Use Diablo Road eastbound to Mount Diablo State Park. From southbound, El Cerro Boulevard may also be used, but motorists are dissuaded from using it because El Cerro Boulevard is a local street. Photo taken 07/04/06.
Take Diablo Road westbound to enter downtown Danville. Photo taken 07/04/06.
Southbound Interstate 680 reaches Exit 39, Diablo Road, which leads into downtown Danville. The famous Danville oak tree grows in the median of Diablo Road, which is so named for the dominant Mount Diablo (el. 3,849 feet), visible east of the freeway. Photo taken 07/04/06.
The next exit along southbound is Exit 38, Sycamore Valley Road, one-half mile. Photo taken 07/04/06.
An auxiliary lane for the off-ramp to Exit 38 forms, and this new exit number sign provides the lane allocation. Formerly, a mileage sign provides the distance to the next three exits along southbound Interstate 680: Exit 38, Sycamore Valley Road; Exit 36, Crow Canyon Road; and Exit 34, Bollinger Canyon Road. Photos taken 11/27/07 and 07/06/04.
Southbound Interstate 680 reaches Exit 38, Sycamore Valley Road. This is the last Danville exit along southbound Interstate 680. Use Sycamore Valley Road east to Connect with Camino Tassajara en route to Tassajara. Note the change in signage between 2004 and 2007. Photos taken 11/27/07 and 07/06/04.
Looking at the transition ramp from southbound Interstate 680 to Exit 38, Sycamore Valley Road, the right lane exits first to westbound Sycamore Valley Road, and the left lane passes under Sycamore Valley Road to loop onto eastbound. Photo taken 07/04/06.
This mileage sign provides the distance to the next three exits along southbound Interstate 680: Exit 36, Crow Canyon Road; Exit 34, Bollinger Canyon Road; and Exit 31, Alcosta Boulevard. Interstate 680 enters San Ramon. Photo taken 07/04/06.
Southbound Interstate 680 approaches Exit 36, Crow Canyon Road in San Ramon, one mile. Each of these exits connects to San Ramon Valley Road, which is the original alignment of California 21, which was the original designation of the Interstate 680 corridor before the freeway was constructed. Photo taken 07/04/06.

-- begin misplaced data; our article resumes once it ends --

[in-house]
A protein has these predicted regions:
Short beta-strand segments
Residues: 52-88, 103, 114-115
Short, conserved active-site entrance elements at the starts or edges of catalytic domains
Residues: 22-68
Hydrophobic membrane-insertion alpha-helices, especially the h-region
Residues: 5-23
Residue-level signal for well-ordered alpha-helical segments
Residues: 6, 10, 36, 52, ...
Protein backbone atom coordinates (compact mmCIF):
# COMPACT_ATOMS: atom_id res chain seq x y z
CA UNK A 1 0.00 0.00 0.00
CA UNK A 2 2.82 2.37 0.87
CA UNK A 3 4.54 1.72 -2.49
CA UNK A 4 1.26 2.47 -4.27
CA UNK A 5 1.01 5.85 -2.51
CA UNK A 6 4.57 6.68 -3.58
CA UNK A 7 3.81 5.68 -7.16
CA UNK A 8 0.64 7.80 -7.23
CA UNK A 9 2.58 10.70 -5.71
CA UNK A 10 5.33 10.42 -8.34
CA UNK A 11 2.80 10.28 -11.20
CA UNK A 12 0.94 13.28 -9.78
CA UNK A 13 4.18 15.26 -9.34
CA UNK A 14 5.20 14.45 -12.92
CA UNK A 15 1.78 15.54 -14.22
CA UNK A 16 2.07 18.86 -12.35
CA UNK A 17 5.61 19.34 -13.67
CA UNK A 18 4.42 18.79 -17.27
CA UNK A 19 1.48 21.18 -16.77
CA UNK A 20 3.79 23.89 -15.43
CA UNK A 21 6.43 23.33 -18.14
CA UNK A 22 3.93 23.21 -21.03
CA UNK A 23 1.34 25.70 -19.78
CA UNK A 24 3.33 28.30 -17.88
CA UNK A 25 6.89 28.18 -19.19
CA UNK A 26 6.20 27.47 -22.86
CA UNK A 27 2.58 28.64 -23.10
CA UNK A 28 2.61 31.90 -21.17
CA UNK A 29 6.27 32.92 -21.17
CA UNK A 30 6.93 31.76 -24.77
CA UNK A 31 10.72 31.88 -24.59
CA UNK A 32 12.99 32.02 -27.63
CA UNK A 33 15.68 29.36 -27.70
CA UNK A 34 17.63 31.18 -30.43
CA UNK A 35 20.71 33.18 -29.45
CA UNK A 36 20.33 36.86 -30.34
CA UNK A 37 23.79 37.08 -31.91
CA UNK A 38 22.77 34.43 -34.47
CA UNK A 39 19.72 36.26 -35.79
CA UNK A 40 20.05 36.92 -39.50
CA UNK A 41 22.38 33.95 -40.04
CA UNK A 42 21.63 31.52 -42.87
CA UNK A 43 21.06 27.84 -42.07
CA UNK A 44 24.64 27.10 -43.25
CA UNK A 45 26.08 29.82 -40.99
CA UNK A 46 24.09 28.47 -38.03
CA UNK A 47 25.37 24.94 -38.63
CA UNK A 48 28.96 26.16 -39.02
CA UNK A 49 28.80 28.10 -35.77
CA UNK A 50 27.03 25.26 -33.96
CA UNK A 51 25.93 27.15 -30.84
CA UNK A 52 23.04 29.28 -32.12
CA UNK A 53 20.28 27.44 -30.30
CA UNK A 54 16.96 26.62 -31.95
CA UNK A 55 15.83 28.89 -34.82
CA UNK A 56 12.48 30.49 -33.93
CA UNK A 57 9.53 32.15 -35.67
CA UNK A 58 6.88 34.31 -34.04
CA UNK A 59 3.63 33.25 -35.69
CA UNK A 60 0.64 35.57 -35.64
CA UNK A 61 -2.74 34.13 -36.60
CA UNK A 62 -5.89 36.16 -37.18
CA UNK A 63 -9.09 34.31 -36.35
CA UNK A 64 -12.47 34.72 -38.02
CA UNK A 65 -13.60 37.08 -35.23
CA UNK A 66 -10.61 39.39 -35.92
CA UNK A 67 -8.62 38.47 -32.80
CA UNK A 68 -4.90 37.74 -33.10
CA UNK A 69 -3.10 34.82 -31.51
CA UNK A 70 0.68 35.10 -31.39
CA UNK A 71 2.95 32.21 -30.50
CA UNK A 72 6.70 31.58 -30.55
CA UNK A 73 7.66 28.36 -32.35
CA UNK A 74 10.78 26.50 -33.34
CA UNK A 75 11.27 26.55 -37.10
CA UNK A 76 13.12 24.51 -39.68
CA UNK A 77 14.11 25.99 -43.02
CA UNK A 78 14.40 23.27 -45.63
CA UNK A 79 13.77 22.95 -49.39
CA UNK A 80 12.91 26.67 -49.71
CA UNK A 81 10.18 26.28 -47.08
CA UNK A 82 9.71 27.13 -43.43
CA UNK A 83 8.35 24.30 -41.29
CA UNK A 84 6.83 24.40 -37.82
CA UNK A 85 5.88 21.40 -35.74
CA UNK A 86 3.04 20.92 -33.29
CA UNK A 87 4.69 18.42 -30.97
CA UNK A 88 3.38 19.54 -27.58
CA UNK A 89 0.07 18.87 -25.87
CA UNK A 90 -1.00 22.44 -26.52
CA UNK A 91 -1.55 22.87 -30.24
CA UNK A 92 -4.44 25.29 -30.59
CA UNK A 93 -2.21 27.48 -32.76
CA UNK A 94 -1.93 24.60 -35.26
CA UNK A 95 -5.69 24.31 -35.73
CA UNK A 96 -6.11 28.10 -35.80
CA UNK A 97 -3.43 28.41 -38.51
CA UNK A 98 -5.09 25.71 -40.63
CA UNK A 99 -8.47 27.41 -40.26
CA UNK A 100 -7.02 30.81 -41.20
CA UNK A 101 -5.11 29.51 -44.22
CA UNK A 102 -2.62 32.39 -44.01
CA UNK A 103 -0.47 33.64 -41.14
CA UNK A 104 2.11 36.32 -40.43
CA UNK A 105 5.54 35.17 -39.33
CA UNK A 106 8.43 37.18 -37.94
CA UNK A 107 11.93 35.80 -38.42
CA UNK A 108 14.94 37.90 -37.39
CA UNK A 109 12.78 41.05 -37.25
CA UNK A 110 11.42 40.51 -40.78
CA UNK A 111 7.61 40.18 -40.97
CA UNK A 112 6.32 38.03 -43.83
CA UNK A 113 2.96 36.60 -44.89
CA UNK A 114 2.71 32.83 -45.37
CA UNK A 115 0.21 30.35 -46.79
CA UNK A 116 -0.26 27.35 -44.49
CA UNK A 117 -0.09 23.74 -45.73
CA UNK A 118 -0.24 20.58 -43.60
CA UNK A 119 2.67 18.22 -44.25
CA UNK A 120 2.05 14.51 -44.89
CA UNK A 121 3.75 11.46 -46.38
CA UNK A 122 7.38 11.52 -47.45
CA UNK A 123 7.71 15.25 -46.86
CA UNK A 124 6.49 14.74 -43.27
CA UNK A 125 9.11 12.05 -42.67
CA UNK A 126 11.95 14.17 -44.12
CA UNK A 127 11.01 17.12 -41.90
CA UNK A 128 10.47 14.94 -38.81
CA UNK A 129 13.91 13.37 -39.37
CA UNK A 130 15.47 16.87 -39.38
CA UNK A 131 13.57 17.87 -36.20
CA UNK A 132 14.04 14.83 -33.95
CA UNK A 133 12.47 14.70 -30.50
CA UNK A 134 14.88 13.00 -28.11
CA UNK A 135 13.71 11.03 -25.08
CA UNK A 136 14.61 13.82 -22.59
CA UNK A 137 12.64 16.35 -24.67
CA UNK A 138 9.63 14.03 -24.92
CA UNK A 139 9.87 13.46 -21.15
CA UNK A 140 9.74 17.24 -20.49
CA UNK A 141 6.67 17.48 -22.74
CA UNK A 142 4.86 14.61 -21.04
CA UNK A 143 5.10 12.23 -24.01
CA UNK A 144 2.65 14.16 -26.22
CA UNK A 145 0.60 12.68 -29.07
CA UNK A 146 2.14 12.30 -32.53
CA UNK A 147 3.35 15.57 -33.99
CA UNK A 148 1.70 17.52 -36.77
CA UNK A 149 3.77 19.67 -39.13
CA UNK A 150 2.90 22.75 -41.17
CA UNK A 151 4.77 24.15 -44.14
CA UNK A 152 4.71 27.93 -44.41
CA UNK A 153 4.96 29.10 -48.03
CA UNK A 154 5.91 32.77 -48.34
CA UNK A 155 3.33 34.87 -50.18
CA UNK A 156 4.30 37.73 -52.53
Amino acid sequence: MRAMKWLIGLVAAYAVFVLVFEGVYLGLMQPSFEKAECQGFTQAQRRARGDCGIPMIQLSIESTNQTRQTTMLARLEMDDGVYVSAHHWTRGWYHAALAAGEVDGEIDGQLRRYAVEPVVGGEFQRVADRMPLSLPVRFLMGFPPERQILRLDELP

Trucks are not permitted on Crow Canyon Road west of Interstate 680. Crow Canyon Road is a through route to Interstate 580. Photo taken 07/04/06.
Crow Canyon Road extends west from the freeway through San Ramon, exiting from Contra Costa County and entering Crow Canyon in rural Alameda County. The highway turns southwest, parallel to Crow Creek, and it intersects with Interstate 580 in Castro Valley, where it becomes Grove Way. Photo taken 07/04/06.
The next three exits all serve San Ramon: Exit 36, Crow Canyon Road; Exit 34, Bollinger Canyon Road; and Exit 31, Alcosta Boulevard. Photo taken 07/04/06.
Interstate 680 maintains its configuration of one high occupancy vehicle lane (restricted during rush hours only) and three through lanes, while a fifth lane is created to the right for entering and exiting traffic. Photo taken 07/04/06.
Southbound Interstate 680 reaches Exit 36, Crow Canyon Road. Note the changes to the signs between 2004 and 2007. The city name of San Ramon was removed and an exit number was added. Photos taken 11/27/07 and 07/04/06.
This interchange sequence sign provides the distance to the next three exits along Interstate 680 south: Exit 34, Bollinger Canyon Road; Exit 31, Alcosta Boulevard; and Exti 30B, Interstate 580 east to Stockton, Tracy, and Los Angeles. Photo taken 07/04/06.
The next exit along Interstate 680 south is Exit 34, Bollinger Canyon Road, in San Ramon. Photos taken 11/27/07 and 07/04/06.
Bollinger Canyon Road travels northwest to meet Crow Canyon Road in western San Ramon, and it travels east from this interchange to Alcosta Boulevard. Alcosta Boulevard parallels Interstate 680 to the east between Crow Canyon Road and Exit 31, which is the next interchange on Interstate 680 south. Photos taken 11/27/07 and 07/04/06.
Southbound Interstate 680 reaches Exit 34, Bollinger Canyon Road. Again note the add-on plate for the exit number on the button copy, non-reflective sign. Photos taken 11/27/07 and 07/04/06.
The next three exits along southbound are: Exit 31, Alcosta Boulevard; Exit 30B, Interstate 580 east; and Exit 30A, Interstate 580 west. Photo taken 07/04/06.
The Alcosta Boulevard interchange serves as the county line between Contra Costa and Alameda Counties briefly, then turns north to serve the city of San Ramon in Contra Costa County. To Dublin in Alameda County, exit here and use San Ramon Road south (former California 21, which faithfully parallels Interstate 680 through San Ramon Valley on the west side of the freeway). Photo taken 07/04/06.
Southbound Interstate 680 reaches Exit 31, Alcosta Boulevard. With the reconstruction of the Alcosta Boulevard/Interstate 680 interchange, an exit number sign was added in 2006. Photo taken 07/04/06.
In the new configuration of the Alcosta Boulevard interchange, traffic is directed to San Ramon Boulevard. Turn south on San Ramon Boulevard to Alcosta Boulevard. Upon entering Alameda County, Interstate 680 becomes the Officer John Paul Monego Memorial Freeway. Photo taken 07/04/06.


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Page Updated August 30, 2013.